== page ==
Talgarth activists rally to safeguard group of town centre Walnut trees
Crunch time is now approaching for a group of much loved town centre trees in Talgarth, following a Brecon Beacons National Park Authority (BBNPA) consultation.
The consultation was to confirm a Tree Preservation Order on four Walnut trees adjacent to the now demolished former Talgarth CP School site, together with a cluster of Silver Birch trees. All are sited on School Lane, Talgarth, on the approach to the town’s historic Grade 2 listed St Gwendoline’s Church.
A temporary order was made by BBNPA in August 2021 to protect the trees, when local residents became aware of the threat to the trees, linked to a Powys County Council Housing development proposal.
Local Mum and environmental campaigner, Sarah Griffiths, reiterated her opposition: “It’s appalling to think that at a time of global climate crisis, the preservation of trees - particularly those which hold such significance to our community - is not at the forefront of planning.
“Considering the principles embodied by the Future Generations Act here in Wales, and Powys’ Wellbeing Plan, it seems like utter laziness to disregard the importance of preserving these well-established, important trees. I urge National Park Members to do the right thing by Future Generations, whilst there is still time.”
The consultation closed in October and the order to confirm the TRO is being considered by the Planning, Access and Rights of Way Committee at its regular meeting next Tuesday, February 15.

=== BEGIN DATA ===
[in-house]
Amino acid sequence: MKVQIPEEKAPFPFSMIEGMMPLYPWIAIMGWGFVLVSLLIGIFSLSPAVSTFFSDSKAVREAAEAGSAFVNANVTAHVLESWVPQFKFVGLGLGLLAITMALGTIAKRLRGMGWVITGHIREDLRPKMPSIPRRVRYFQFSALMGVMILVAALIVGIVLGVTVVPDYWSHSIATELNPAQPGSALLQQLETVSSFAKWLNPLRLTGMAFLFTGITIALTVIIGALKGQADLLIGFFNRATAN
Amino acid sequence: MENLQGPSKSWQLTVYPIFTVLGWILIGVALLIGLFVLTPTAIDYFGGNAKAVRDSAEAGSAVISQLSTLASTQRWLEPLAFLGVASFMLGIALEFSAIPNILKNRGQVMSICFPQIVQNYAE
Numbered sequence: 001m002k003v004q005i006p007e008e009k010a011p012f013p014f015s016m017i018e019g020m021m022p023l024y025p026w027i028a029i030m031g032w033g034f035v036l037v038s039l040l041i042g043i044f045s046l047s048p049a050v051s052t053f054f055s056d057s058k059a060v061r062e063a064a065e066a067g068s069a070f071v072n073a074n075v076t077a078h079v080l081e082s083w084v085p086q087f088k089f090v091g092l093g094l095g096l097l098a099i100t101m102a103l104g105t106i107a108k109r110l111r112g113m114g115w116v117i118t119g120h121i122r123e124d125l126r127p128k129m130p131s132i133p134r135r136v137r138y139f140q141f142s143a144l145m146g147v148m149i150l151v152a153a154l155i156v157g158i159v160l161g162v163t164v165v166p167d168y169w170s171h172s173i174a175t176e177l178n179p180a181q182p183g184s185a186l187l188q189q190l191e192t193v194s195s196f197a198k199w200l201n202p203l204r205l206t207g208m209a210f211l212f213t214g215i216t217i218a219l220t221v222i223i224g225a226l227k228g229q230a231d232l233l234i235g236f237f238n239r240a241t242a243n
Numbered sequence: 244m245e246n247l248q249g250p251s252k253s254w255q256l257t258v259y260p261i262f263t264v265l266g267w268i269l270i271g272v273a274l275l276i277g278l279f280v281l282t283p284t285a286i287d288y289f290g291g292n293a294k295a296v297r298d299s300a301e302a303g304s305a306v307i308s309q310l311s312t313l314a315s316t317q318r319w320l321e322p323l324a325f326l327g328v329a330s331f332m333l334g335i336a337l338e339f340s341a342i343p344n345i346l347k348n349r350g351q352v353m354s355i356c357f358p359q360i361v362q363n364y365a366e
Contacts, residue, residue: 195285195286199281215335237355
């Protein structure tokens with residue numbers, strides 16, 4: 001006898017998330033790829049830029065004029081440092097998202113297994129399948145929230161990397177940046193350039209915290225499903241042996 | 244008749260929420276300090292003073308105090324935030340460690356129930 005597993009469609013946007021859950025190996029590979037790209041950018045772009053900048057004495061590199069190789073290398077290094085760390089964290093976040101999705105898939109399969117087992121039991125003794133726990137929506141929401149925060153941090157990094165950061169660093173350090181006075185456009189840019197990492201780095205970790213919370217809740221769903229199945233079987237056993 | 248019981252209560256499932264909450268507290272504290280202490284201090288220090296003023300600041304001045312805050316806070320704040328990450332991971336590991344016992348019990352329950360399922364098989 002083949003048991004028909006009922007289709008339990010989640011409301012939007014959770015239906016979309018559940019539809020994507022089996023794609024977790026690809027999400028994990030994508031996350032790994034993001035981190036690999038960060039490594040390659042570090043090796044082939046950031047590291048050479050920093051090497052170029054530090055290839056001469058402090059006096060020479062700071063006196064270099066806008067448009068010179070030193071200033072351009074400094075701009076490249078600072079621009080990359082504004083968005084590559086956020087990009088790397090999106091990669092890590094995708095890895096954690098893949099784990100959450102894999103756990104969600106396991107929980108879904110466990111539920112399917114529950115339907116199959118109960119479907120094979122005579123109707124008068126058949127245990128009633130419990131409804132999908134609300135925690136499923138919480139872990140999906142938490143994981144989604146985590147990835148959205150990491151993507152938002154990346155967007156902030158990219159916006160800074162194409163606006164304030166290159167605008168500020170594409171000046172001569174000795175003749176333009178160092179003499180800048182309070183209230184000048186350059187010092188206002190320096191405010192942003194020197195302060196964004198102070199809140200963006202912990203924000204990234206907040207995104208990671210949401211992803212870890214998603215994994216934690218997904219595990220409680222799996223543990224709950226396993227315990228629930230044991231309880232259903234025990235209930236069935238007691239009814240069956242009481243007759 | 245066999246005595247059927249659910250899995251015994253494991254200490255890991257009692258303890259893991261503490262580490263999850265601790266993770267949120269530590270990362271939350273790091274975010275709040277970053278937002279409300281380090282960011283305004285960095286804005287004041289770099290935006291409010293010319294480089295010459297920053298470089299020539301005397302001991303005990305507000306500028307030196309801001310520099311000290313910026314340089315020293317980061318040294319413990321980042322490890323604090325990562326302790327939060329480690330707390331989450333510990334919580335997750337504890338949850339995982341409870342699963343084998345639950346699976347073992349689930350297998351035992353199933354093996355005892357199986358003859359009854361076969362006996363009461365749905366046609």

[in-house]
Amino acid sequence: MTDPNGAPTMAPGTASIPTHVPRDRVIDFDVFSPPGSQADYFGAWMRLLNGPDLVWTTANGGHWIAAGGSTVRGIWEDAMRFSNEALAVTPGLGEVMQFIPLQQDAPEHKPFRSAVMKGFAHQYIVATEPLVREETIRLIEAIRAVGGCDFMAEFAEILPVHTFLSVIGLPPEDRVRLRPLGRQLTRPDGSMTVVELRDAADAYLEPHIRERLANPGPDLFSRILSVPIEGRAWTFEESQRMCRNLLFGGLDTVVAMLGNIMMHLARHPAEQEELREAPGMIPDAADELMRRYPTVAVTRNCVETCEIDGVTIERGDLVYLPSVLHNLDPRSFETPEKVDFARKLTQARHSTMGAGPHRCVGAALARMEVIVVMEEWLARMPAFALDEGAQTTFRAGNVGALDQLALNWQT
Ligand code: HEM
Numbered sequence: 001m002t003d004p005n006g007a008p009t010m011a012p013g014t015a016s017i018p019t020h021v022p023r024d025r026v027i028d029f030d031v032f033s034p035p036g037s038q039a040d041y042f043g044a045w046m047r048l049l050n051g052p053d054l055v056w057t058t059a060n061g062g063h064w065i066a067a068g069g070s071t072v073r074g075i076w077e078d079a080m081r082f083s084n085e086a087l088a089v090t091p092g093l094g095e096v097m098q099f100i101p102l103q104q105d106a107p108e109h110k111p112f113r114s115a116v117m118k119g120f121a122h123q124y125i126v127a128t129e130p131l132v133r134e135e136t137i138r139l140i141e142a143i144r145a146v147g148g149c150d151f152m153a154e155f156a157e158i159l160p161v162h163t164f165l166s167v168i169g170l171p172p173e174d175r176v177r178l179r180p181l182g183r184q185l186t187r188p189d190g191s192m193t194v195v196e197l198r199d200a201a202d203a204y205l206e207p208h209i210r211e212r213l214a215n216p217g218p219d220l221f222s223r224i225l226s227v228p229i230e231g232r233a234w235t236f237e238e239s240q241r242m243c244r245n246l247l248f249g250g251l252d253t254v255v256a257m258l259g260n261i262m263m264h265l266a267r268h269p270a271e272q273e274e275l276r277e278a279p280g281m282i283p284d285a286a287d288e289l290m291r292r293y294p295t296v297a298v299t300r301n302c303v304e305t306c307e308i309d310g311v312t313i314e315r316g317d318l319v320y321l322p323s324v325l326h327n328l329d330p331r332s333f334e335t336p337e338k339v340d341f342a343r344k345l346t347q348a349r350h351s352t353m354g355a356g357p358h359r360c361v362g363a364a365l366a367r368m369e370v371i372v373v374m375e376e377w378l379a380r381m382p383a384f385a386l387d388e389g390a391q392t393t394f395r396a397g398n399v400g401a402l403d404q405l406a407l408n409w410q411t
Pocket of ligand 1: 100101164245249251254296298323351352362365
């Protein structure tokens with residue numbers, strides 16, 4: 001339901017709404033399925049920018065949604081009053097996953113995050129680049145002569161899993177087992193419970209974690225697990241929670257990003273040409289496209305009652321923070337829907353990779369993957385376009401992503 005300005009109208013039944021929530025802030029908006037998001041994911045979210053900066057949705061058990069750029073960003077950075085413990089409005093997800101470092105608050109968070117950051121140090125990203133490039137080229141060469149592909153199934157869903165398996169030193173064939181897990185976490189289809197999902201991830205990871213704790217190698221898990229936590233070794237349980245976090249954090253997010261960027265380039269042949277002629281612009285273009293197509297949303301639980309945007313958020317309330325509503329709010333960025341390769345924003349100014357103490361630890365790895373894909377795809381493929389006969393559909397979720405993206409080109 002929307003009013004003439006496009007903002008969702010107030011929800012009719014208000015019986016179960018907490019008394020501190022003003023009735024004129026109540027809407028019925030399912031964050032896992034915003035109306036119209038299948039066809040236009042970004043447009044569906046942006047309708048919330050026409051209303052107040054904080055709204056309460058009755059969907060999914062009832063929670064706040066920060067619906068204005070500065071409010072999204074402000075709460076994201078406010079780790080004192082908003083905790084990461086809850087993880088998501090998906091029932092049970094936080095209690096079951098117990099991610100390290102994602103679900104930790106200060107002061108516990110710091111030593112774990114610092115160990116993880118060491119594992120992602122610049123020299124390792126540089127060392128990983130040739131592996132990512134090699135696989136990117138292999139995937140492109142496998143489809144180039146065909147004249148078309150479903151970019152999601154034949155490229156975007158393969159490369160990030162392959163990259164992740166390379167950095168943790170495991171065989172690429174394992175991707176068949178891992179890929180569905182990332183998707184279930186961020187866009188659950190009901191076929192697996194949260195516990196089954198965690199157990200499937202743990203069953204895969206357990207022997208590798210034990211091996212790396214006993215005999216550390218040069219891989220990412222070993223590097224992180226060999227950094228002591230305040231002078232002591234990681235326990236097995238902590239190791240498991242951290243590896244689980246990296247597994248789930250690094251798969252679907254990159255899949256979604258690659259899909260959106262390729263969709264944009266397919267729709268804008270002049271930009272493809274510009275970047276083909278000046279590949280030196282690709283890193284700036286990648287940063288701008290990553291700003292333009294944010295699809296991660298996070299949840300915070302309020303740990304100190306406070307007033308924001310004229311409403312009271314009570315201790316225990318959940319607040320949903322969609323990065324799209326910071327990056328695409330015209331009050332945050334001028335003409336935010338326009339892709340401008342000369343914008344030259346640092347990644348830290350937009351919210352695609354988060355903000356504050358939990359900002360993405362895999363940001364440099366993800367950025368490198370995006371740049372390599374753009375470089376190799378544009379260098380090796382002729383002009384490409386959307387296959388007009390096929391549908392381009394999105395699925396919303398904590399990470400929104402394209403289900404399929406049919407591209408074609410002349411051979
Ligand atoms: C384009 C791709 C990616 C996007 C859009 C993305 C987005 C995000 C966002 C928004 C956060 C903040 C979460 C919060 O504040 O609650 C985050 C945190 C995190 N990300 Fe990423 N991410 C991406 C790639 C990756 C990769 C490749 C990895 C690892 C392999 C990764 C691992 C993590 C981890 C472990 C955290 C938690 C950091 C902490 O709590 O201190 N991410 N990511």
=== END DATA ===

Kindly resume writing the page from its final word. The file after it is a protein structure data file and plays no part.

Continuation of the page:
Any concerned residents should contact the Chief Executive of the National Park by email: [email protected] or by post to the BBNPA Headquarters.
Commenting on the impending decision, Cllr William Powell said: “I know there was an emphatic response to the consultation, with support for the TPO’s confirmation coming from Talgarth Town Council, local activists and residents.
“Professor Mary Gagen of Swansea University’s School of Geography, a national authority on urban trees, remains in touch with our campaign and will be waiting on the outcome.
“I remain optimistic that, with an imaginative approach to the now cleared site, and a readiness to reconfigure the layout of the site with sensitivity, a much needed, high quality council housing development can be achieved, whilst retaining these trees.
“Critically, this will also safeguard the adjacent Yew tree, in the grounds of the historic house known as Trebowen, which is also within the Talgarth Conservation Area.”
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